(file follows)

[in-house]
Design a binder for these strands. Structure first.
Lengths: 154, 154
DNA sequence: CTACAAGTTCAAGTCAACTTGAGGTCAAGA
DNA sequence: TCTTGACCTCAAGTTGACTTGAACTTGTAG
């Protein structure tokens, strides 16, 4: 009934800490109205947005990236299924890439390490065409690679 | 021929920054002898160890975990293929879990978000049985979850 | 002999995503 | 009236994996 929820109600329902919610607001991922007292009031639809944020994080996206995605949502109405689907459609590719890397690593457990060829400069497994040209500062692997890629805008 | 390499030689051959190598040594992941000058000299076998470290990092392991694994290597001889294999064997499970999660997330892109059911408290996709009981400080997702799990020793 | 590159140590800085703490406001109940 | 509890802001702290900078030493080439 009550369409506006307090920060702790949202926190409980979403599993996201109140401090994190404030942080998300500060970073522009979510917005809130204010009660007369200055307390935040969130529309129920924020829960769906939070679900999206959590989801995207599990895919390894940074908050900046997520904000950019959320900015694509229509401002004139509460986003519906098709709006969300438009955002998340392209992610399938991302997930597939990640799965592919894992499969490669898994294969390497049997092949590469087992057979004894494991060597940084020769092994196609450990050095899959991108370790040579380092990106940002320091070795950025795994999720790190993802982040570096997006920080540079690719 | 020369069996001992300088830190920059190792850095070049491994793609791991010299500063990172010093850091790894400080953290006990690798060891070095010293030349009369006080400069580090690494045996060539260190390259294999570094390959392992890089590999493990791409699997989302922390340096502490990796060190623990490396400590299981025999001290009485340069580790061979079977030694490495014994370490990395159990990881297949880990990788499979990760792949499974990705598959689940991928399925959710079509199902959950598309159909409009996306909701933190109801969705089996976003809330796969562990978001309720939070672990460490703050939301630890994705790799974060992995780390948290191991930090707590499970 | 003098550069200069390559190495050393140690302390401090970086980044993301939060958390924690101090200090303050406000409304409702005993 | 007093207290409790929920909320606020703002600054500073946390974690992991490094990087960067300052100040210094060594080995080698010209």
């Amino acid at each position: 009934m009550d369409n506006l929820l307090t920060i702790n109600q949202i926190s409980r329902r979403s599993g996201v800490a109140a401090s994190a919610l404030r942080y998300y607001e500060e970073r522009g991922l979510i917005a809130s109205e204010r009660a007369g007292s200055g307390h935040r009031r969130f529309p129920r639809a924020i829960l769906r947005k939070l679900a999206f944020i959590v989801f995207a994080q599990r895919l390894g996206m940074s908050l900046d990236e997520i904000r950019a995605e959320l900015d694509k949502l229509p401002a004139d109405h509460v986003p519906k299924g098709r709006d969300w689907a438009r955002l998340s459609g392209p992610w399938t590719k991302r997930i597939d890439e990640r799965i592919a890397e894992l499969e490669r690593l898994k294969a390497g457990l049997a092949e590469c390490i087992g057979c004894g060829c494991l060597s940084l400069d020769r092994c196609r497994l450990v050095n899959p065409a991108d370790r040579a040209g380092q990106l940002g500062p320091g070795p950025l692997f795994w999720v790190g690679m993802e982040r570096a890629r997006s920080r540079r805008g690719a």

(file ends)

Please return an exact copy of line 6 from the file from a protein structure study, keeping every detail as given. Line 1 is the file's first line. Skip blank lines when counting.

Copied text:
């Protein structure tokens, strides 16, 4: 009934800490109205947005990236299924890439390490065409690679 | 021929920054002898160890975990293929879990978000049985979850 | 002999995503 | 009236994996 929820109600329902919610607001991922007292009031639809944020994080996206995605949502109405689907459609590719890397690593457990060829400069497994040209500062692997890629805008 | 390499030689051959190598040594992941000058000299076998470290990092392991694994290597001889294999064997499970999660997330892109059911408290996709009981400080997702799990020793 | 590159140590800085703490406001109940 | 509890802001702290900078030493080439 009550369409506006307090920060702790949202926190409980979403599993996201109140401090994190404030942080998300500060970073522009979510917005809130204010009660007369200055307390935040969130529309129920924020829960769906939070679900999206959590989801995207599990895919390894940074908050900046997520904000950019959320900015694509229509401002004139509460986003519906098709709006969300438009955002998340392209992610399938991302997930597939990640799965592919894992499969490669898994294969390497049997092949590469087992057979004894494991060597940084020769092994196609450990050095899959991108370790040579380092990106940002320091070795950025795994999720790190993802982040570096997006920080540079690719 | 020369069996001992300088830190920059190792850095070049491994793609791991010299500063990172010093850091790894400080953290006990690798060891070095010293030349009369006080400069580090690494045996060539260190390259294999570094390959392992890089590999493990791409699997989302922390340096502490990796060190623990490396400590299981025999001290009485340069580790061979079977030694490495014994370490990395159990990881297949880990990788499979990760792949499974990705598959689940991928399925959710079509199902959950598309159909409009996306909701933190109801969705089996976003809330796969562990978001309720939070672990460490703050939301630890994705790799974060992995780390948290191991930090707590499970 | 003098550069200069390559190495050393140690302390401090970086980044993301939060958390924690101090200090303050406000409304409702005993 | 007093207290409790929920909320606020703002600054500073946390974690992991490094990087960067300052100040210094060594080995080698010209």